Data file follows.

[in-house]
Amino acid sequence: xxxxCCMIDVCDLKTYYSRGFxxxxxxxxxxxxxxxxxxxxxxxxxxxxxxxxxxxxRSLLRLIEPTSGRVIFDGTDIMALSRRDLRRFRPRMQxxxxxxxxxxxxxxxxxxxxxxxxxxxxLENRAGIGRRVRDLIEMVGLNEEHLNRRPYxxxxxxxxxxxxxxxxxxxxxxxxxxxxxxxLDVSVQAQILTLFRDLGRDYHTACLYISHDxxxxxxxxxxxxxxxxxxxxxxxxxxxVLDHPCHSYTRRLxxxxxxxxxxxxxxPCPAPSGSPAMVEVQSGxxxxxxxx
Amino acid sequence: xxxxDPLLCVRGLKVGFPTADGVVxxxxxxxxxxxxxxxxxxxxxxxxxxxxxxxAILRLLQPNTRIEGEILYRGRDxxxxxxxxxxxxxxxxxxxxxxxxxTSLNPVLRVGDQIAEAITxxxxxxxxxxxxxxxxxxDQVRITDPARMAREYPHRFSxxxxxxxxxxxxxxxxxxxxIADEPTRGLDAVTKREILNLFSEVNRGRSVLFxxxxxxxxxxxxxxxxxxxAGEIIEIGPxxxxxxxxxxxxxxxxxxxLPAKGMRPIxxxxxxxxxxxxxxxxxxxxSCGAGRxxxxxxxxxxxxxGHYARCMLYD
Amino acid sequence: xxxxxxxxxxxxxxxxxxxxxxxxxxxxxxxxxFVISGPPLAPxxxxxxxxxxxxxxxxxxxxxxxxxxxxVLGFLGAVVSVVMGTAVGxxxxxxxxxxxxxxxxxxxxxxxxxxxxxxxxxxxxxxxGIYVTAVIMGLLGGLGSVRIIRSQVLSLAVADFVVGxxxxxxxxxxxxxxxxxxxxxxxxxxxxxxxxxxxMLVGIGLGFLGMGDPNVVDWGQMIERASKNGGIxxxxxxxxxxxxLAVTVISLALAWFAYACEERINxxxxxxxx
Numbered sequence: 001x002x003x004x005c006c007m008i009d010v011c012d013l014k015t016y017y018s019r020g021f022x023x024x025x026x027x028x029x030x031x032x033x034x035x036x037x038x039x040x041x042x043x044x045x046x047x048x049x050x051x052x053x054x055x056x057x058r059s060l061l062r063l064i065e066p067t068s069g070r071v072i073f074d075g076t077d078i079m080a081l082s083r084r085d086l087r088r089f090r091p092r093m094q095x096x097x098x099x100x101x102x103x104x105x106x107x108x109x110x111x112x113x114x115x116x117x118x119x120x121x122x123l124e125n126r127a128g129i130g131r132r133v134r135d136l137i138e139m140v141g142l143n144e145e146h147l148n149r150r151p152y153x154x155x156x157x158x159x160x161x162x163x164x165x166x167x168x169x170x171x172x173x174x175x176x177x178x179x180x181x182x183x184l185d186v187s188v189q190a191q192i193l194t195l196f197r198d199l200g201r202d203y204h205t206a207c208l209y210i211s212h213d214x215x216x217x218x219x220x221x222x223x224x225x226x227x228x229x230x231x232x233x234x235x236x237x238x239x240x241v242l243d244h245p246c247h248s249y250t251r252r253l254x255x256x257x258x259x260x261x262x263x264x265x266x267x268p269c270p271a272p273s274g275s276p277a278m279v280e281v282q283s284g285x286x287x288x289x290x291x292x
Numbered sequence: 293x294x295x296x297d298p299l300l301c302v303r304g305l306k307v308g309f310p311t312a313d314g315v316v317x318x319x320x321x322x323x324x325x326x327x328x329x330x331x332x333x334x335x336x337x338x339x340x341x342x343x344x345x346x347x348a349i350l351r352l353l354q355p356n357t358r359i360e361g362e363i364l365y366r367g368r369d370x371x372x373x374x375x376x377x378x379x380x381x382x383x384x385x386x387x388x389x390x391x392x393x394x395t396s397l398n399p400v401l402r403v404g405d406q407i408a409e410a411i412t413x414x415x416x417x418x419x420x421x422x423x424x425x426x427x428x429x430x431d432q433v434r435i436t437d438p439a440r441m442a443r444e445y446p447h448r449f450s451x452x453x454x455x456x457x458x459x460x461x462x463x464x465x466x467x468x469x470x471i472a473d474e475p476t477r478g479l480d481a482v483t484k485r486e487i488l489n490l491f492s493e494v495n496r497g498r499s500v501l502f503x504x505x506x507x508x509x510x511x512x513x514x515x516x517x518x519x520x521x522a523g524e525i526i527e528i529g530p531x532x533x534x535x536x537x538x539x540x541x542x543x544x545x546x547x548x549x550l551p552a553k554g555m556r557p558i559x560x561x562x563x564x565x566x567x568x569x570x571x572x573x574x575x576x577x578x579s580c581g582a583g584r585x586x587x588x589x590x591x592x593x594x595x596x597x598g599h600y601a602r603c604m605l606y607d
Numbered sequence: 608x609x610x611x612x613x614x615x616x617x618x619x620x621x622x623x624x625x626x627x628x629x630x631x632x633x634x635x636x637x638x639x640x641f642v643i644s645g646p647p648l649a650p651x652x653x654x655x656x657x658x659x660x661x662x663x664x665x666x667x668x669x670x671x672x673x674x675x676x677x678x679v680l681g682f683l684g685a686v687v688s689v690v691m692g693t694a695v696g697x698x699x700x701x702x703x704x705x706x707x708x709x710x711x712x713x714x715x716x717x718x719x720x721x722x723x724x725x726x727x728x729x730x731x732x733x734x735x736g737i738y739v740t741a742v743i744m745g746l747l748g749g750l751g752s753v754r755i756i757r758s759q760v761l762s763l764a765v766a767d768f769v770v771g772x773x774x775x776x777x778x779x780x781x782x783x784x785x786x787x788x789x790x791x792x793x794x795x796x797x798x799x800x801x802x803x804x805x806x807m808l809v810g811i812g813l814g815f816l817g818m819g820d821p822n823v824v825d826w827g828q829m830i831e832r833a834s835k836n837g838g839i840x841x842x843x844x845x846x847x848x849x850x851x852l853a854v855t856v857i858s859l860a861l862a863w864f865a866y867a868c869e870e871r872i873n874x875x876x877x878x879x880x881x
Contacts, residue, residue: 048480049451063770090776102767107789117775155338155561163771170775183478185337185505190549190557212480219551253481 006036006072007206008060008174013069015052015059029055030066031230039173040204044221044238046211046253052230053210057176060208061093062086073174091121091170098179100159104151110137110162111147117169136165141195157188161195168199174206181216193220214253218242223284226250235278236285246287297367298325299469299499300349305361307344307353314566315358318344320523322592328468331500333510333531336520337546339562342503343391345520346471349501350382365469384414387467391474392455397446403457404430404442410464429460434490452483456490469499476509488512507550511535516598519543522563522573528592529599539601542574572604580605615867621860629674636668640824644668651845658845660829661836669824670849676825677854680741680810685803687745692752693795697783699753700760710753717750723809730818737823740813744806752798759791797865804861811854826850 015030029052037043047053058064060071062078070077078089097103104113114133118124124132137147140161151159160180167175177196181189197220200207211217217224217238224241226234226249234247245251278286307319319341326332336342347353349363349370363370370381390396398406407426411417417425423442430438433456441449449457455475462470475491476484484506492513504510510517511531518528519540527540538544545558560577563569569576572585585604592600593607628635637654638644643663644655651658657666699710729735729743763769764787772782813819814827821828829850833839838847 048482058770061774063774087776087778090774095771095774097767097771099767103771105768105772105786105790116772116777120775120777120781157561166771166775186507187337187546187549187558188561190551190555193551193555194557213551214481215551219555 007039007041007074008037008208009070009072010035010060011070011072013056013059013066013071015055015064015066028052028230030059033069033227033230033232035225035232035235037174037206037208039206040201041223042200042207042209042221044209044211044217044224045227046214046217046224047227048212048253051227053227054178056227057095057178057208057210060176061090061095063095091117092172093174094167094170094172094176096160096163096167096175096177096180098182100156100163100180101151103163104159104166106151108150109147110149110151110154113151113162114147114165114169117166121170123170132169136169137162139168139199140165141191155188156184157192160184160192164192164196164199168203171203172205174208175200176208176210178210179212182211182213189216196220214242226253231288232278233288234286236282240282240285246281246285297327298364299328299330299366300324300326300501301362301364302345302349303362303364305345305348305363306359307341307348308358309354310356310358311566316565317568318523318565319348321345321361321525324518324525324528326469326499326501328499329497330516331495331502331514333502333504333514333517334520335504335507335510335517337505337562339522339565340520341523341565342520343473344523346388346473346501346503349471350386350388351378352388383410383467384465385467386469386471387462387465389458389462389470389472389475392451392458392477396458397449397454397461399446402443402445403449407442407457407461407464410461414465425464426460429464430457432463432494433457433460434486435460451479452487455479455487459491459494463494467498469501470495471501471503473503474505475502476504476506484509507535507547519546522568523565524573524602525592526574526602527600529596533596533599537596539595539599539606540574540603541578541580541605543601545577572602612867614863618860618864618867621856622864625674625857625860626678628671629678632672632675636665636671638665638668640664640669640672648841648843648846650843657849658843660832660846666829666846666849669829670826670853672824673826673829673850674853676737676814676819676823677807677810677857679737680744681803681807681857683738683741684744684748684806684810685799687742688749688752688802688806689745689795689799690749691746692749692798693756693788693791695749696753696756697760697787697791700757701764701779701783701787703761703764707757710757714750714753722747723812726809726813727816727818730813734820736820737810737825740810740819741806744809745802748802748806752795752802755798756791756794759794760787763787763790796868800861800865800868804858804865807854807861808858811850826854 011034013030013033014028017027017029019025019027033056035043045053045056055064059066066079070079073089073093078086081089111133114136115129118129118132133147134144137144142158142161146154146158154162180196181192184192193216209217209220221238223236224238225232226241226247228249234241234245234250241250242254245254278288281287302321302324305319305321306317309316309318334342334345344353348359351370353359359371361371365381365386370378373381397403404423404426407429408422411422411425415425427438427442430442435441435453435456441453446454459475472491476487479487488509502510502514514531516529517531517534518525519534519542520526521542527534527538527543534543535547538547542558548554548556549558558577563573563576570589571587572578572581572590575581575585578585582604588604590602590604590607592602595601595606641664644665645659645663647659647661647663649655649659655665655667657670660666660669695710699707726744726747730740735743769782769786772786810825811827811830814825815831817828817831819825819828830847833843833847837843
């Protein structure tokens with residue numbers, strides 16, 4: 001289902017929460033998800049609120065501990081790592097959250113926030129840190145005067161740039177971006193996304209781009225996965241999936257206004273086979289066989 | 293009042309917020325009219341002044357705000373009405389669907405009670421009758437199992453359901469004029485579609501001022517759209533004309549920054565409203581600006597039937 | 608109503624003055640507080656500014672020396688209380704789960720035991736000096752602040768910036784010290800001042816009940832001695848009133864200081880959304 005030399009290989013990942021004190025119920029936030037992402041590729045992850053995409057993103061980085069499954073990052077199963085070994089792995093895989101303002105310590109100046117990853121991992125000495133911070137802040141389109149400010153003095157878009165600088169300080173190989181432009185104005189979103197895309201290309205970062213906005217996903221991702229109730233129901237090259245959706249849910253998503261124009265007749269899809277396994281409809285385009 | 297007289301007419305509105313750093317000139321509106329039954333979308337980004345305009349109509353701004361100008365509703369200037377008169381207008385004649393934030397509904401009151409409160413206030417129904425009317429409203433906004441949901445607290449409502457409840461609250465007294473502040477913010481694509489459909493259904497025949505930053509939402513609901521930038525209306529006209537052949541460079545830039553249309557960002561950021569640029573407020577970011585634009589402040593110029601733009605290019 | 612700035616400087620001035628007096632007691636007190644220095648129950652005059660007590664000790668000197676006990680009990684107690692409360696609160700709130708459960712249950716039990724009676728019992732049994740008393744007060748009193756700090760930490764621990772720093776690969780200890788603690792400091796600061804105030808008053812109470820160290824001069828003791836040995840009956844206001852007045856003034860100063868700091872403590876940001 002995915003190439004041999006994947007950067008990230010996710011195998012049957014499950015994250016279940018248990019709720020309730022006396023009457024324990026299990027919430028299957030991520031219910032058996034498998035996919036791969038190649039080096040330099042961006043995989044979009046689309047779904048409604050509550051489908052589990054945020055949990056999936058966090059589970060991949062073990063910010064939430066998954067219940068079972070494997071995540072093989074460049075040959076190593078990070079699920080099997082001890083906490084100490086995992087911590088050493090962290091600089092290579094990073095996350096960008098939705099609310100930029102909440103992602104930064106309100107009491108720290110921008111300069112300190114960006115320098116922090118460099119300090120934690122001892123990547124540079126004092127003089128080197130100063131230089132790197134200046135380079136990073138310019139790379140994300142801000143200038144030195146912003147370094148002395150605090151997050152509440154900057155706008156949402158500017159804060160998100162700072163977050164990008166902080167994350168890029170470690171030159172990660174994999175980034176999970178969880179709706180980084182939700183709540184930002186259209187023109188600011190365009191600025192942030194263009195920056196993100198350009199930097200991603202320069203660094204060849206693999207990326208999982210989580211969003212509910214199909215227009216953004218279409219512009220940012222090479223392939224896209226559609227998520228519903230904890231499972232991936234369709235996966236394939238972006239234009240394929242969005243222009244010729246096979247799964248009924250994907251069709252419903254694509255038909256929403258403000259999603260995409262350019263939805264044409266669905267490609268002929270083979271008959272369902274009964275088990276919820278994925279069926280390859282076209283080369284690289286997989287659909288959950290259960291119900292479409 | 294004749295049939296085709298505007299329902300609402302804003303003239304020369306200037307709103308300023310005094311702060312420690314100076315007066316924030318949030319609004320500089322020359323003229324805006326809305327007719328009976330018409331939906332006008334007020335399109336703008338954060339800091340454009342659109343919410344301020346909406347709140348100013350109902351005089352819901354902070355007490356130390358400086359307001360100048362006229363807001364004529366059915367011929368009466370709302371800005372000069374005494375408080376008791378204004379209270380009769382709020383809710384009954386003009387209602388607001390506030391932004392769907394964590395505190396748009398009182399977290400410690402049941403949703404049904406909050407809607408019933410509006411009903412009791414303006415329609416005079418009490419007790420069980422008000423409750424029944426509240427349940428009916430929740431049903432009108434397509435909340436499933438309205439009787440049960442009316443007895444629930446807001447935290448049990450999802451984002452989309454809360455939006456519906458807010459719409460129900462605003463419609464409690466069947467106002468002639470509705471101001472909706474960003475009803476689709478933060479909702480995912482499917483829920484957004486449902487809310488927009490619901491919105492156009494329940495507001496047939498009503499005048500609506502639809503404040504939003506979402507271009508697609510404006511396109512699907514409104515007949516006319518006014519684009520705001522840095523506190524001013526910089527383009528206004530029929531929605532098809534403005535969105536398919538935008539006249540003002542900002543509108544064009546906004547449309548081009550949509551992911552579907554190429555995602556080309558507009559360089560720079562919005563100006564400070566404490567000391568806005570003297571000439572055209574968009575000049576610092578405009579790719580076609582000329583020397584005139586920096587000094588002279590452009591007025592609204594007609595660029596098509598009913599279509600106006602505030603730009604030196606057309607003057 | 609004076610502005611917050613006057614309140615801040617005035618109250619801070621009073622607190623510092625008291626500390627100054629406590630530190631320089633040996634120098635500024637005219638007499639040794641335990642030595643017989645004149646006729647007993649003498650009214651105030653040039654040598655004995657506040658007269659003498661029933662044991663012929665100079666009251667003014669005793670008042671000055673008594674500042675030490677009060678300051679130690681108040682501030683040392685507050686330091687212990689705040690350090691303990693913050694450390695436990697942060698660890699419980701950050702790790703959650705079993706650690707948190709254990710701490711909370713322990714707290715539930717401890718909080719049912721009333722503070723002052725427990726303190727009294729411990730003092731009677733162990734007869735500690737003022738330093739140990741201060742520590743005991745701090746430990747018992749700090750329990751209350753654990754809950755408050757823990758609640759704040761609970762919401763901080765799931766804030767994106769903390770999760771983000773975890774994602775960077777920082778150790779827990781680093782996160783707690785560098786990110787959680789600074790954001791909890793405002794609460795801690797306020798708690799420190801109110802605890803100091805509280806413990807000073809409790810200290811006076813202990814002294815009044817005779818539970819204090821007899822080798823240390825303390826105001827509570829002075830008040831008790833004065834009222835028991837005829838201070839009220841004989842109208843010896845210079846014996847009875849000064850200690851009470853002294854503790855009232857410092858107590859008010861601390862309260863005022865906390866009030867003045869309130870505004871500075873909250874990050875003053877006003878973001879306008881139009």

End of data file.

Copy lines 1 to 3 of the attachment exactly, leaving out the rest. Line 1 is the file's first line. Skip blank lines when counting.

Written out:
[in-house]
Amino acid sequence: xxxxCCMIDVCDLKTYYSRGFxxxxxxxxxxxxxxxxxxxxxxxxxxxxxxxxxxxxRSLLRLIEPTSGRVIFDGTDIMALSRRDLRRFRPRMQxxxxxxxxxxxxxxxxxxxxxxxxxxxxLENRAGIGRRVRDLIEMVGLNEEHLNRRPYxxxxxxxxxxxxxxxxxxxxxxxxxxxxxxxLDVSVQAQILTLFRDLGRDYHTACLYISHDxxxxxxxxxxxxxxxxxxxxxxxxxxxVLDHPCHSYTRRLxxxxxxxxxxxxxxPCPAPSGSPAMVEVQSGxxxxxxxx
Amino acid sequence: xxxxDPLLCVRGLKVGFPTADGVVxxxxxxxxxxxxxxxxxxxxxxxxxxxxxxxAILRLLQPNTRIEGEILYRGRDxxxxxxxxxxxxxxxxxxxxxxxxxTSLNPVLRVGDQIAEAITxxxxxxxxxxxxxxxxxxDQVRITDPARMAREYPHRFSxxxxxxxxxxxxxxxxxxxxIADEPTRGLDAVTKREILNLFSEVNRGRSVLFxxxxxxxxxxxxxxxxxxxAGEIIEIGPxxxxxxxxxxxxxxxxxxxLPAKGMRPIxxxxxxxxxxxxxxxxxxxxSCGAGRxxxxxxxxxxxxxGHYARCMLYD